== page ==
It felt a little strange to hit 15 miles and not have turned around yet, but I was feeling better than I had expected. I had the 50K turn around in my sights for what felt like a long time. And it was funny that there wasn’t a soul there to see me turn around. But on my way back in within another mile or so, I saw Adam on his way out. He yelled, “How you feeling?” And I said “well I am half way so I feel really good.” And he goes, “F*ck yeah.” Made me laugh. My thoughts exactly.
I decided to wait until after mile 17 to put headphones on. Truthfully, I had been enjoying the silence. There was something peaceful about being in the woods alone. Once I hit 17, I gave myself the ‘treat’ of the music. My playlist was probably the most random thing it could have been. I’d listen to a Motion City Soundtrack song, followed by a RENT soundtrack song, followed by Lizzo. I have a weird taste, I know. But it was a nice distraction.
At this point, I was just looking forward to seeing my people at mile 22. I kept trying to ignore how hot it was and just keep putting one foot in front of the other.
I got to 22, saw my Mom & Dad and decided to take a break. I got my flashlight (thanks!!), drank some Gatorade, and let the aid crew refill my pack. I had gone through over a liter and half of water at this point…yikes. I really had no idea. But that gave me a good indication of how hot it was. I stood around for probably 3 minutes. It felt short and long at the same time. I had been paying attention on the way out though and counted how many women took the turn around in front of me. I thought it had only been 2. So, I said to my Dad “I think I’m third female.” And he goes, “then what are you doing wasting time?” That’s my Dad for you. Made me laugh and it was time to get running again.
I knew the last 9.5 miles were going to be all alone. It was a weird feeling, but I was ready for it. I was just sticking to the plan. 14 minute run, 1 minute walk. And again. My run pace was between 8:10 & 8:40. And that was consistent the whole race. I was just looking forward to the walk minutes every time.
The last aid station was just over 6 miles from the finish line. I stopped to drink one small cup of water and use the bathroom. Probably just a 2 and a half minute stop. This was now the home stretch. I won’t say I wasn’t hurting, because I was. My left knee was throbbing (it had been giving me some trouble) and my arms felt tired. But there was something really motivating when I looked down at my Garmin and saw I had gone 26.50 miles already. Take that marathon — and I was still going.
I do need to say again that this heat was no joke. I took my fourth gel at mile 26 ish and it pretty much came back up instantly. Not so fun, but oh well.
It was time for that tunnel again. I paused my music. Thankful the flashlight, I turned it on and entered confidently. It was at least cooler in the tunnel. And I had never run in this kind of darkness before. It really was such a wild experience. The stillness of it kind of made me feel like I was pausing time.
I reached the end of the darkness, put my flashlight away, turned my music up, and knew I had less than 4 miles to go.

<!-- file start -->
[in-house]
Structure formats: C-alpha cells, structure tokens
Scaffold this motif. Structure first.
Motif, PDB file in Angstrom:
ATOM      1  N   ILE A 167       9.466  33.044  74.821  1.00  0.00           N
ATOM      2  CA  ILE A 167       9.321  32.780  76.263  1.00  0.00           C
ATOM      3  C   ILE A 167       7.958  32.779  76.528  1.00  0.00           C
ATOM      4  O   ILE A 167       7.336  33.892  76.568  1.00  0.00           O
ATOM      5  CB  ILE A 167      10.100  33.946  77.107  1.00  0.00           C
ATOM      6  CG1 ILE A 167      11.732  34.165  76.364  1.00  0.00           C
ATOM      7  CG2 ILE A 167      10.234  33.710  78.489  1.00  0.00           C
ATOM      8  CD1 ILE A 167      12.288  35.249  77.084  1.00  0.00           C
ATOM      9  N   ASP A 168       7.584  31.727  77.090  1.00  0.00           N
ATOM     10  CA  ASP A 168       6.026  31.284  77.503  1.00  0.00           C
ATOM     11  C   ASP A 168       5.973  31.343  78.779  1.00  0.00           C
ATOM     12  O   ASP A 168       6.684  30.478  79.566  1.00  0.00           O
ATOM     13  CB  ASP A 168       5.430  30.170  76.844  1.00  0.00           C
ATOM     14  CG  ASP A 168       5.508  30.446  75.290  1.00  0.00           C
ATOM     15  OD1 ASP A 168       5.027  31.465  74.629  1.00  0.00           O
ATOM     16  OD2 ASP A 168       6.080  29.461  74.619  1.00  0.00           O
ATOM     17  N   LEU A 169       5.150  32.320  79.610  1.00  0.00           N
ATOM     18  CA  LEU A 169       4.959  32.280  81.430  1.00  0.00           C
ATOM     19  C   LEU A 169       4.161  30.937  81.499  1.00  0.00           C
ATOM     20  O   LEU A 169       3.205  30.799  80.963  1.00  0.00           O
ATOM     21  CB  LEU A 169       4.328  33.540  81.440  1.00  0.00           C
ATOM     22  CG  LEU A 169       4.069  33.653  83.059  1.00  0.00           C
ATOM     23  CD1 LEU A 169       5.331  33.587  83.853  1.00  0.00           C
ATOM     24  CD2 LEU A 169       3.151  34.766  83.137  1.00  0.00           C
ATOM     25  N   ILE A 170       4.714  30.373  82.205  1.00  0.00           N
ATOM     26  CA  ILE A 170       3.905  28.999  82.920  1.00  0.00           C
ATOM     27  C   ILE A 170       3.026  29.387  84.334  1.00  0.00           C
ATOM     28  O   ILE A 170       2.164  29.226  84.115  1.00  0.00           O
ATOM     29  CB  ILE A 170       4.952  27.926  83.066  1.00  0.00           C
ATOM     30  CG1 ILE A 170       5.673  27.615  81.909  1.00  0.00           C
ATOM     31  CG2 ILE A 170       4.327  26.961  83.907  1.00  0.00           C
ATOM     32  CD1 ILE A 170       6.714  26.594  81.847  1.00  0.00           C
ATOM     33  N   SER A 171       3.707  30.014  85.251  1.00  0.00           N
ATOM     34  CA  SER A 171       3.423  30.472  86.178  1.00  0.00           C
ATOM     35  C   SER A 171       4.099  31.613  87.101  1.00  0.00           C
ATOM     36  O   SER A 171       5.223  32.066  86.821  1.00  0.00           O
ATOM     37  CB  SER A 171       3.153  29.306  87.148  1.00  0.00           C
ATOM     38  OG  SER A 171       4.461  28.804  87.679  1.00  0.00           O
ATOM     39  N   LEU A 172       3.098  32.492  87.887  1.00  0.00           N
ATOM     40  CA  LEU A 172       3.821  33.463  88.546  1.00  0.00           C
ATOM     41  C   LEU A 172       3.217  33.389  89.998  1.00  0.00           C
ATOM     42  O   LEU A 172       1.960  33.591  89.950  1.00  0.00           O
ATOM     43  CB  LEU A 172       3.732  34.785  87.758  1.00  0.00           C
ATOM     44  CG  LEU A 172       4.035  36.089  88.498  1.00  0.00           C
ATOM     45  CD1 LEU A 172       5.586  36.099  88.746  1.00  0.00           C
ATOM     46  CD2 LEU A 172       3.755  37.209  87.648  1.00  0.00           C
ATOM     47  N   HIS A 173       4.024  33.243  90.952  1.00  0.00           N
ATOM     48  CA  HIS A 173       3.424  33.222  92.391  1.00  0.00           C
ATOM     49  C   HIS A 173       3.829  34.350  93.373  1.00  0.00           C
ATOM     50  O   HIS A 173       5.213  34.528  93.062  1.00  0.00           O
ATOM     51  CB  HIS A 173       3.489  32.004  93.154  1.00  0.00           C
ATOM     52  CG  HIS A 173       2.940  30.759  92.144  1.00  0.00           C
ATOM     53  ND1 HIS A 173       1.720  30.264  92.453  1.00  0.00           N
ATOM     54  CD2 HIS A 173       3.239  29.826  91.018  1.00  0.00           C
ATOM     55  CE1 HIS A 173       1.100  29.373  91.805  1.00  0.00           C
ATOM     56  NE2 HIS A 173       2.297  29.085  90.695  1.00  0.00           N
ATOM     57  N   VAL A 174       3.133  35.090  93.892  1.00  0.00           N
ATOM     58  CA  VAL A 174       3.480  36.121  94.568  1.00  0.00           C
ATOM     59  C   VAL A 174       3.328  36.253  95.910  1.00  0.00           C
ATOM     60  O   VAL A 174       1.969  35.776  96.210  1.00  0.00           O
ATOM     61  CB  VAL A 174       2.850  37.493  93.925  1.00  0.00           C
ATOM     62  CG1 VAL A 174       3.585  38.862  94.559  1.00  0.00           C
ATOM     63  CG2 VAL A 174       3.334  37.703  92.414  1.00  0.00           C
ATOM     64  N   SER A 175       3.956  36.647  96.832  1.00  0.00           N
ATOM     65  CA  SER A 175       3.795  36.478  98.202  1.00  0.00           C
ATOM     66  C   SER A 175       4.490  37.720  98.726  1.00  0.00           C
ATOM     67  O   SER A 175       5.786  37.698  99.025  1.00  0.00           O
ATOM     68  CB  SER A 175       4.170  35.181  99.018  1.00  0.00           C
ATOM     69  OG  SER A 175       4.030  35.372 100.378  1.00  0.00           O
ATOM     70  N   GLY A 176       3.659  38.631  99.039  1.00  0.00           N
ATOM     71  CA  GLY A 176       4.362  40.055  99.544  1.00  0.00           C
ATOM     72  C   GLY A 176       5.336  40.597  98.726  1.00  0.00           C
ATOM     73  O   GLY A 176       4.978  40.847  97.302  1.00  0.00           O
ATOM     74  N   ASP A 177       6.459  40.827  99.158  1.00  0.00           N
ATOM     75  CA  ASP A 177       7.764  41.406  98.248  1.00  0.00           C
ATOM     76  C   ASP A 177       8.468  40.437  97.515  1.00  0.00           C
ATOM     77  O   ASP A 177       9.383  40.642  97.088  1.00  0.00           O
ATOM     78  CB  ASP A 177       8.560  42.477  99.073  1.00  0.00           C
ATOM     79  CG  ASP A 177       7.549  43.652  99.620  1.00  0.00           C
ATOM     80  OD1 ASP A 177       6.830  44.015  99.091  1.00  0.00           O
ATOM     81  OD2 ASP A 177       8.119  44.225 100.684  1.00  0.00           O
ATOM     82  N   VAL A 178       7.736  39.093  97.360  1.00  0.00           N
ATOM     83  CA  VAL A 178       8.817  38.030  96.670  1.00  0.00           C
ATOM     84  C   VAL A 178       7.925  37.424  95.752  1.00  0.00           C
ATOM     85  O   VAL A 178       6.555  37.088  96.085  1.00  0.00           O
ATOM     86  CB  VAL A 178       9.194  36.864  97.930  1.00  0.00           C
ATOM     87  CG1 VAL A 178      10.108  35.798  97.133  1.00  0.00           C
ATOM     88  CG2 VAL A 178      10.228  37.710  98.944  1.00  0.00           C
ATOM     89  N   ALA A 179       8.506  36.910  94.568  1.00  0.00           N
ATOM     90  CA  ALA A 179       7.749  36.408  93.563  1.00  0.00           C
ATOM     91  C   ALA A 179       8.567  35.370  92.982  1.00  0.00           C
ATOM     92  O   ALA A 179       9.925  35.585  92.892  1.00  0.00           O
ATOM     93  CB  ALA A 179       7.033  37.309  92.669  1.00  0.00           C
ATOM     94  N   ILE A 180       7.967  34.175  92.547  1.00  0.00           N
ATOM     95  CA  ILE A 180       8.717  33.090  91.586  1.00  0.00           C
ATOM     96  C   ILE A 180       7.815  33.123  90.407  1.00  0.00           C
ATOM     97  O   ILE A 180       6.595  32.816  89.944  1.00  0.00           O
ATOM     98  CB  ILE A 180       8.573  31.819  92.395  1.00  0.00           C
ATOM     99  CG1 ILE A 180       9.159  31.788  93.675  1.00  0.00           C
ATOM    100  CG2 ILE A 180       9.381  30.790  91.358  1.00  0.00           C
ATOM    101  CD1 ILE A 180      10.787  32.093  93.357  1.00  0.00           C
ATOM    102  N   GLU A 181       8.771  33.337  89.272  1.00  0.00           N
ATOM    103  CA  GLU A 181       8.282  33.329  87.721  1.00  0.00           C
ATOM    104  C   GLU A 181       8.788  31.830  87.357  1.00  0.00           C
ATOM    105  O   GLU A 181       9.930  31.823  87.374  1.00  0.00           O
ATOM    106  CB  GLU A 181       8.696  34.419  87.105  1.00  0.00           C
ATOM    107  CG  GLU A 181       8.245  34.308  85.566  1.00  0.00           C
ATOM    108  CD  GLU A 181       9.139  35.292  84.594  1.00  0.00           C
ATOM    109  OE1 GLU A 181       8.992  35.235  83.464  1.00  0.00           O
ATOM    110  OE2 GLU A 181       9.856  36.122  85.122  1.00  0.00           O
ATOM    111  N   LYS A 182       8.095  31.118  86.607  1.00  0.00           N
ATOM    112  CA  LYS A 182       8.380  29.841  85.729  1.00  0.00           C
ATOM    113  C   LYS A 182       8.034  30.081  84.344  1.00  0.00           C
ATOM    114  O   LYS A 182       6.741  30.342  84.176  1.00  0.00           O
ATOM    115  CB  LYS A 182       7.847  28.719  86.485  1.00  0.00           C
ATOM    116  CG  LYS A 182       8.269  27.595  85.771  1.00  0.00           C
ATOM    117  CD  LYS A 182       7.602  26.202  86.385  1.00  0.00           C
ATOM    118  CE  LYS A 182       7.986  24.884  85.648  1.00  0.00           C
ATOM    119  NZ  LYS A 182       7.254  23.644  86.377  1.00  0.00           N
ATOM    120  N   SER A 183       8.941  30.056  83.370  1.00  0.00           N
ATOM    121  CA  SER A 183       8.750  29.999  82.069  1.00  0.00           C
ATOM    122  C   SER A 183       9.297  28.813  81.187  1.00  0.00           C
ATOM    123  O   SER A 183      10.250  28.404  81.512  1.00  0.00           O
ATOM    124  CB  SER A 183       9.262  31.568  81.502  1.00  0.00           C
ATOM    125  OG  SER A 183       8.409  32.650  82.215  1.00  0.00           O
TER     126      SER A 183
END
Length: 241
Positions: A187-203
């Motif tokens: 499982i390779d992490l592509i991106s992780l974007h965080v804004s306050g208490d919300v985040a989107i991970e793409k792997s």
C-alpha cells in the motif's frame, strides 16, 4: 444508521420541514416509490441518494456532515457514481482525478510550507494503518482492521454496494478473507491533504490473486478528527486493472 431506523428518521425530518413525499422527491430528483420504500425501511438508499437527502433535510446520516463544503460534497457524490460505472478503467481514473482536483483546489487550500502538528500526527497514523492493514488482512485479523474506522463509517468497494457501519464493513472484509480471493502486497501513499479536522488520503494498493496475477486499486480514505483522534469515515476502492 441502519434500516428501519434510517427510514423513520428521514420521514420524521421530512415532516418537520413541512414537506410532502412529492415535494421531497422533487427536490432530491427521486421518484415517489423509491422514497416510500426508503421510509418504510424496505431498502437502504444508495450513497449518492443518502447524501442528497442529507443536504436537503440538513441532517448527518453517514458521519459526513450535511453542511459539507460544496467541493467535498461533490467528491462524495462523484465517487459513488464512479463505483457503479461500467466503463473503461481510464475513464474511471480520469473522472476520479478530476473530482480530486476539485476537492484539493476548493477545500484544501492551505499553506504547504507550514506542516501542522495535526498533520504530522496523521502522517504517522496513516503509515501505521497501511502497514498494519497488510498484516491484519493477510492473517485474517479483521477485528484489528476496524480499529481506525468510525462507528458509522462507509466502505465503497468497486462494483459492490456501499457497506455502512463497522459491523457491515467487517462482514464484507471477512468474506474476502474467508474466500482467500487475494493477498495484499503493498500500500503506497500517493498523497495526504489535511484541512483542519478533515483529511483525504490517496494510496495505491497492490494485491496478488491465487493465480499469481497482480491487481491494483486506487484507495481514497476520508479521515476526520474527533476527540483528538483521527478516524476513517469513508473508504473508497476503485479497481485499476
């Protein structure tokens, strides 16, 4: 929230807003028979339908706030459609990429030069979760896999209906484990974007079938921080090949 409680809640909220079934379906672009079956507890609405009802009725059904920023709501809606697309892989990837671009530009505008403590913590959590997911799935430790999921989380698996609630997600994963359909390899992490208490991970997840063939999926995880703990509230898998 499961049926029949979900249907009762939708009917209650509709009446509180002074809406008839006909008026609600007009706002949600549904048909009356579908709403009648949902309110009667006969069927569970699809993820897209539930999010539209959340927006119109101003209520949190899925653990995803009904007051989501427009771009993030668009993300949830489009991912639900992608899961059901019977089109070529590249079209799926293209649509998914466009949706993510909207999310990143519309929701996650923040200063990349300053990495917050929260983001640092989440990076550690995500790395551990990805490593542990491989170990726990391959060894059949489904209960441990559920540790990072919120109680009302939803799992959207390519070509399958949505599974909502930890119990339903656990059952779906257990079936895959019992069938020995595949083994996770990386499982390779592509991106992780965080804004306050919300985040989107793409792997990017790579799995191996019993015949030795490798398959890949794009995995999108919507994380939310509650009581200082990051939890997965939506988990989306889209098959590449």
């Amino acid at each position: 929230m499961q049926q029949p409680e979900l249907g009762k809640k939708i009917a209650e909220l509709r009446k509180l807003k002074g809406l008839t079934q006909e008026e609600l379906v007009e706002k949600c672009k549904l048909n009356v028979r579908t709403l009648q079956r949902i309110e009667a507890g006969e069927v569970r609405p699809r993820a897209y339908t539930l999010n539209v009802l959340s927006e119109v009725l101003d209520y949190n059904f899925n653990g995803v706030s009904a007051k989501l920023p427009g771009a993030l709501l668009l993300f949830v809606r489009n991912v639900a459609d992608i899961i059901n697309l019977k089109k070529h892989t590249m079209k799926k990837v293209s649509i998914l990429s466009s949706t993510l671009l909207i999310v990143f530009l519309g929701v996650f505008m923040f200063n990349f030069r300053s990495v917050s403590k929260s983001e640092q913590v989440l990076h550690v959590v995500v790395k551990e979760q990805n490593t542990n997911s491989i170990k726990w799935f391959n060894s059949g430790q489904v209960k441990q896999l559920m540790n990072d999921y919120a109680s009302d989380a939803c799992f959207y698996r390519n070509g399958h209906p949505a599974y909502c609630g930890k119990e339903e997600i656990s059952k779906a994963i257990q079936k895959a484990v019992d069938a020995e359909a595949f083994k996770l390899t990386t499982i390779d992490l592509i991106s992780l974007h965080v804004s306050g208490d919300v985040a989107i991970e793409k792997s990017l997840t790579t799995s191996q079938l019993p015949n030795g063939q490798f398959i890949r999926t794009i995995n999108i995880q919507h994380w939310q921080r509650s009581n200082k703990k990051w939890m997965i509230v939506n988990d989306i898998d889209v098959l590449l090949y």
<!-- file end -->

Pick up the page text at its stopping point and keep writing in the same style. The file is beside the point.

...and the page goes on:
At this point, I extended my walk minute to a walk two minutes. That one minute was just going by way too quickly. I knew I only had three more ‘breaks’ left, so I chose to make them a little longer. My run pace had still stayed about the same, but having a little extra walking time was making me happy, so I took it. There was no pressure on this day. It was not about speed, it was not about beating a PR, it was just about finishing. It was a distance PR day.
With less than one mile to go, I picked it up. You know I love a good fast finish. I was truly surprised by the little burst of energy I felt. “Fighter” came on at this point and the tears came too. I had been having a hard month, and been trying to deal with my loneliness in a healthy way. For me, that means a lot of miles and leaning on my people. And I knew they were going to be at that finish line. I was so stinking proud of myself that I couldn’t help but cry.
The last little bit of the race includes a stone staircase (that felt like a mountain), and then a home stretch into the grass to run under the finish line. I gave it every last bit I had to cruise through looking strong.
I felt strong. I had just become an ultra marathoner. And I had to walk for a minute to keep sobbing to myself.
I gave all the hugs. Mistakenly got a first place marathon medal. And then figured out I actually was third female for the 50K. And I finished top five overall. Pretty dang cool. 4:48:17. 9:07 pace. Farthest distance ever.
This day was a true test of my mental toughness. Sure, it took some physical toughness too. But I will always say I think running is more mental than physical. How you talk to yourself matters. You can’t get to mile 27 of an ultra and give up on yourself. Today gave me the chance to lift myself up. I knew I could do it. And that’s what I told myself all race. I had an incredible support system out there, but it still was me vs. me for most of the hours. And I was really really proud of how I responded. I do things like this because I like to remind myself that I can do hard things. No part of this was easy, but every single minute was rewarding.
And I could not have asked for a better crew. Having them all there meant the world to me. I’m lucky so many people support my crazy. And we really had fun as we waited for Lex to finish her 50 miles. Seeing her cross that finish line was as emotional for me as finishing my own. It was just the best day.
The vibe was so different than a road race or a major marathon. It’s still hard to explain. But there was a new energy that was kind of contagious. I knew as soon as I crossed the finish line that it would not be my last ultra.
You all know I love the marathon. I do. And it’s not going anywhere. But this ultra bug has my attention. New challenges are always fun, after all.